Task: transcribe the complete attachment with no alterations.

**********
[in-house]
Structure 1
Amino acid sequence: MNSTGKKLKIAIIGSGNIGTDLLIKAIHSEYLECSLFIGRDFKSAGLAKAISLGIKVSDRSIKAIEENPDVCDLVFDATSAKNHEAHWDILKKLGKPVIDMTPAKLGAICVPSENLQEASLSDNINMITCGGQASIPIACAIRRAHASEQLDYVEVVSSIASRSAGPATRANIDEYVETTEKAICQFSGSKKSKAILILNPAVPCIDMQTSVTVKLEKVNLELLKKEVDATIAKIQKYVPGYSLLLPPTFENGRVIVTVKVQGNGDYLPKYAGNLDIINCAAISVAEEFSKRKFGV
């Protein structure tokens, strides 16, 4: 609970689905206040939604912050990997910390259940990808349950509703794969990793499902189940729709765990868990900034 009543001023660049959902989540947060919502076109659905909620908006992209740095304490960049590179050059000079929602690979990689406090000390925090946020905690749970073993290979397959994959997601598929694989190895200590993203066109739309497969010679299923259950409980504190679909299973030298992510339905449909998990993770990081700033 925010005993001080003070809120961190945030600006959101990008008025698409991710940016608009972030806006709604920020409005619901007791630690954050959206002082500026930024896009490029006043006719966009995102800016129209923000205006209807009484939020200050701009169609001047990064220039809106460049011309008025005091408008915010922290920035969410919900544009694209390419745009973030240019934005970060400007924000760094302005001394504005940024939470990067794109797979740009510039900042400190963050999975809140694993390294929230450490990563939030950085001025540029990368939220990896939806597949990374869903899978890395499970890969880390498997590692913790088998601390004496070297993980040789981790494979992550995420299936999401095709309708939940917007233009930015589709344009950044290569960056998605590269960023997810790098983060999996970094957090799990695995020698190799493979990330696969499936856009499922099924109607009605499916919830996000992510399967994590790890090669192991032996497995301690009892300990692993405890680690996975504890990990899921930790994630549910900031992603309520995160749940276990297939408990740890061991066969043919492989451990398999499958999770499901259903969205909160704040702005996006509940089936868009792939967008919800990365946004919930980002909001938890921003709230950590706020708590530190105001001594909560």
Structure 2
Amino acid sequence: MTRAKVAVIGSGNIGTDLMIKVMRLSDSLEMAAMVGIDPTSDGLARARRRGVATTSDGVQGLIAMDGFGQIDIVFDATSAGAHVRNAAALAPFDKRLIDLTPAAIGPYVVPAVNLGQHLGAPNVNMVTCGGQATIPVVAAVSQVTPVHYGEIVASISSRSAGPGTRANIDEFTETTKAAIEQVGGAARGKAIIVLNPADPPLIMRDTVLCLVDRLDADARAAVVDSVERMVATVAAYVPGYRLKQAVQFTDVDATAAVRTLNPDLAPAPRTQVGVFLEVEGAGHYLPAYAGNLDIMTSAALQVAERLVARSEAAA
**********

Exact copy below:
[in-house]
Structure 1
Amino acid sequence: MNSTGKKLKIAIIGSGNIGTDLLIKAIHSEYLECSLFIGRDFKSAGLAKAISLGIKVSDRSIKAIEENPDVCDLVFDATSAKNHEAHWDILKKLGKPVIDMTPAKLGAICVPSENLQEASLSDNINMITCGGQASIPIACAIRRAHASEQLDYVEVVSSIASRSAGPATRANIDEYVETTEKAICQFSGSKKSKAILILNPAVPCIDMQTSVTVKLEKVNLELLKKEVDATIAKIQKYVPGYSLLLPPTFENGRVIVTVKVQGNGDYLPKYAGNLDIINCAAISVAEEFSKRKFGV
């Protein structure tokens, strides 16, 4: 609970689905206040939604912050990997910390259940990808349950509703794969990793499902189940729709765990868990900034 009543001023660049959902989540947060919502076109659905909620908006992209740095304490960049590179050059000079929602690979990689406090000390925090946020905690749970073993290979397959994959997601598929694989190895200590993203066109739309497969010679299923259950409980504190679909299973030298992510339905449909998990993770990081700033 925010005993001080003070809120961190945030600006959101990008008025698409991710940016608009972030806006709604920020409005619901007791630690954050959206002082500026930024896009490029006043006719966009995102800016129209923000205006209807009484939020200050701009169609001047990064220039809106460049011309008025005091408008915010922290920035969410919900544009694209390419745009973030240019934005970060400007924000760094302005001394504005940024939470990067794109797979740009510039900042400190963050999975809140694993390294929230450490990563939030950085001025540029990368939220990896939806597949990374869903899978890395499970890969880390498997590692913790088998601390004496070297993980040789981790494979992550995420299936999401095709309708939940917007233009930015589709344009950044290569960056998605590269960023997810790098983060999996970094957090799990695995020698190799493979990330696969499936856009499922099924109607009605499916919830996000992510399967994590790890090669192991032996497995301690009892300990692993405890680690996975504890990990899921930790994630549910900031992603309520995160749940276990297939408990740890061991066969043919492989451990398999499958999770499901259903969205909160704040702005996006509940089936868009792939967008919800990365946004919930980002909001938890921003709230950590706020708590530190105001001594909560």
Structure 2
Amino acid sequence: MTRAKVAVIGSGNIGTDLMIKVMRLSDSLEMAAMVGIDPTSDGLARARRRGVATTSDGVQGLIAMDGFGQIDIVFDATSAGAHVRNAAALAPFDKRLIDLTPAAIGPYVVPAVNLGQHLGAPNVNMVTCGGQATIPVVAAVSQVTPVHYGEIVASISSRSAGPGTRANIDEFTETTKAAIEQVGGAARGKAIIVLNPADPPLIMRDTVLCLVDRLDADARAAVVDSVERMVATVAAYVPGYRLKQAVQFTDVDATAAVRTLNPDLAPAPRTQVGVFLEVEGAGHYLPAYAGNLDIMTSAALQVAERLVARSEAAA